Southern bluefin tuna (Thunnus maccoyii)

French: Thon Rouge du Sud
Spanish: Aleta Azul del Sur, Atún Rojo del Sur
KingdomAnimalia
PhylumChordata
ClassActinopterygii
OrderPerciformes
FamilyScombridae
GenusThunnus (1)
SizeFork length: up to 225 cm (2)
Weightup to 158 kg (2)

The southern bluefin tuna is classified as Critically Endangered (CR) on the IUCN Red List (1).

The southern bluefin tuna (Thunnus maccoyii) is one of the largest bony fish in the world (3). The incredibly streamlined and powerful body is deepest near the middle of the first dorsal fin (4) and tapers to a pointed snout (3). The lower half of the body is silvery white, whilst the anal fin is a dusky yellow colour (4). The tail is crescent-shaped (3) and the first dorsal fin has a yellow or blueish hue (4).

Found throughout the southern oceans, mainly between 30 and 50° South. Southern bluefin tuna breeding takes place just southeast of the island of Java, Indonesia (5).

The southern bluefin tuna is pelagic, inhabiting the open oceans mainly in cold temperate waters (4).

Southern bluefin tuna spend their lives swimming constantly through the oceans cruising at two to three kilometres per hour (5), although they are able to reach speeds of 70 kilometres per hour (6). Individuals swim together in shoals and these migrate vast distances from spawning grounds in the Indian Ocean to feeding grounds in colder southern waters (4). It is thought that females do not spawn until they reach around 1.5 metres in length, which corresponds to at least eight years of age (5). A mature female will produce several million eggs in one spawning period (5). The breeding season runs from September and October until March (4), and occurs in Indonesian waters (5). Juvenile southern bluefin tuna are then known to group together during the summer months in coastal waters off the southern coast of Australia until they reach around five years old, after which they are more consistently associated with deeper waters (5).

These oceanic fish are opportunistic feeders, preying on a wide variety of other fish as well as crustaceans, cephalopods (such as squid and octopus) and other marine animals (7). Southern bluefin tuna are thought to be long-lived with a life expectancy possibly as long as 40 years (6).

The southern bluefin tuna has been heavily exploited over the years and has been fished to the brink of extinction (6). During the 1960s, the annual catch was around 80,000 tonnes worldwide (5). The flesh of this species has a particularly high fat content and is prized in Japan especially for 'sashimi' markets (5), where an individual fish can fetch as much as US$ 10,000 (4). Fishing mainly takes the form of purse seine netting in Australia (6), and longline fishing in the other range states; namely New Zealand, Japan, the Republic of Korea, Taiwan and Indonesia (5).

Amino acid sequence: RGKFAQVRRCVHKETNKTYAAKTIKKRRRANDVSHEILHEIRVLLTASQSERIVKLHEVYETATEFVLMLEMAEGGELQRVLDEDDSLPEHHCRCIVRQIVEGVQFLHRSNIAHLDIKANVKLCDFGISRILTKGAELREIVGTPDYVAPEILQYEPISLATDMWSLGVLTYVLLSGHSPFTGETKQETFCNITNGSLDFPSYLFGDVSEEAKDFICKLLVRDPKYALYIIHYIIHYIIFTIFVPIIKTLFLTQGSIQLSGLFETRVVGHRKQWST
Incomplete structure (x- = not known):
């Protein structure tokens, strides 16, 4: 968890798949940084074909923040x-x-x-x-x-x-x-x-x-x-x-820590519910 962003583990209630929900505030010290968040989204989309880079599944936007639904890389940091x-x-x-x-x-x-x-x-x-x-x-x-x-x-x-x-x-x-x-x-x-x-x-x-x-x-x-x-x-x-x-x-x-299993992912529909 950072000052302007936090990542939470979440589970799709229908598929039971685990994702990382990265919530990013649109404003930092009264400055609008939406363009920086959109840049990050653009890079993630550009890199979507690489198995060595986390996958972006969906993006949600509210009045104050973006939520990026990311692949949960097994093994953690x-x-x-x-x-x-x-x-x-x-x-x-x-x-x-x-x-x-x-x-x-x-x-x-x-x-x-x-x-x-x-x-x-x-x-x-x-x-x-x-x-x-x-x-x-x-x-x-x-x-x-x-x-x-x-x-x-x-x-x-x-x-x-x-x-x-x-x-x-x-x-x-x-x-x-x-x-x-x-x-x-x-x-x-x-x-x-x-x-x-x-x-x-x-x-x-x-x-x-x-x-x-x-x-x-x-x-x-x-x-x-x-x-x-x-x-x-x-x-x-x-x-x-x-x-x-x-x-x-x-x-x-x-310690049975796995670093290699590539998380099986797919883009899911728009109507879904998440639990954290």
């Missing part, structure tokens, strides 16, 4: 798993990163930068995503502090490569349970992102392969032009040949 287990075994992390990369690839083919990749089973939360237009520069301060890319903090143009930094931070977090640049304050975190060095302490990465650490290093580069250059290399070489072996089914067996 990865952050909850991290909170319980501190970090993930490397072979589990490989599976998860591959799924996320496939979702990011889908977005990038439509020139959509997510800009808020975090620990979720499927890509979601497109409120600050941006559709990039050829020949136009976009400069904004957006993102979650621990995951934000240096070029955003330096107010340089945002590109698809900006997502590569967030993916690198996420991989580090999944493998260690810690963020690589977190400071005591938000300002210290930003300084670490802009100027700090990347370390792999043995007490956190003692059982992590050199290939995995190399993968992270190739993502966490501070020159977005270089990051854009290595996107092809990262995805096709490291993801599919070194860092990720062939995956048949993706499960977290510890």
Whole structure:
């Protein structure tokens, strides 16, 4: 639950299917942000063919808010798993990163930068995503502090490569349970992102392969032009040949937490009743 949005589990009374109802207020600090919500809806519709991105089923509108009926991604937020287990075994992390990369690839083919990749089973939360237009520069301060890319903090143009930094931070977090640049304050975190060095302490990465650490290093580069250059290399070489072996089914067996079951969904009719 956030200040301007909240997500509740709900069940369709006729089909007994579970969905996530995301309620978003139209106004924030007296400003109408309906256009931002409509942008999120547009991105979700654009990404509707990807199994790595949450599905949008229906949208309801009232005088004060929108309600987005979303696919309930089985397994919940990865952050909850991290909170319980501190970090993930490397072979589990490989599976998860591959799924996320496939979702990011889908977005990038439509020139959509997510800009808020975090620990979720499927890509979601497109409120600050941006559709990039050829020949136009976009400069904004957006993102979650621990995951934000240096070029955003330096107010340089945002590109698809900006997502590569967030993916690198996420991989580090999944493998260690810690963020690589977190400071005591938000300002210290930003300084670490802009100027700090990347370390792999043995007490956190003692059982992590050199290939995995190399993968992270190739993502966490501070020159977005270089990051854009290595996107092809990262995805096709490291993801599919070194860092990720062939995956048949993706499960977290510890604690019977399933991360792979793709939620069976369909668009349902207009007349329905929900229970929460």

In 1994, Australia, Japan and New Zealand signed the Convention for the Conservation of Southern Bluefin Tuna in an attempt to curb the overfishing of this species (5). The Commission for the Conservation of the Southern Bluefin Tuna (CCSBT) has subsequently formed and in 2001, was joined by the Republic of Korea (5). The objective of the Commission is to ensure the conservation and optimum utilisation of the global southern bluefin tuna fishery, through management measures including reduced fishing quotas and research (5). Some scientists and conservationists are worried, however, that the Commission does not go far enough, and that global breeding stocks, having been reduced by as much as 97%, will require more drastic measures if they are ever to recover (6).

For more information on the southern bluefin tuna:

This information is awaiting authentication by a species expert, and will be updated as soon as possible. If you are able to help please contact:
arkive@wildscreen.org.uk

  1. IUCN Red List (October, 2002)
    http://www.redlist.org
  2. Food and Aquaculture Organization of the United Nations - Southern bluefin tuna (April, 2012)
    http://www.fao.org/fishery/species/3298/en
  3. Burnie, D. [Ed.] (2001) Animal. Dorling Kindersley, London.
  4. Fisheries Global Information System (August, 2002)
    http://www.fao.org/fi/default_all.asp
  5. Commission for the Conservation of Southern Bluefin Tuna (August, 2002)
    http://www.ccsbt.org/docs/about_s.html
  6. Greenpeace, Australia Pacific (August, 2002)
    http://www.greenpeace.org.au/oceans/bluefin_tuna/index.html
  7. Fishbase (August, 2002)
    http://www.fishbase.org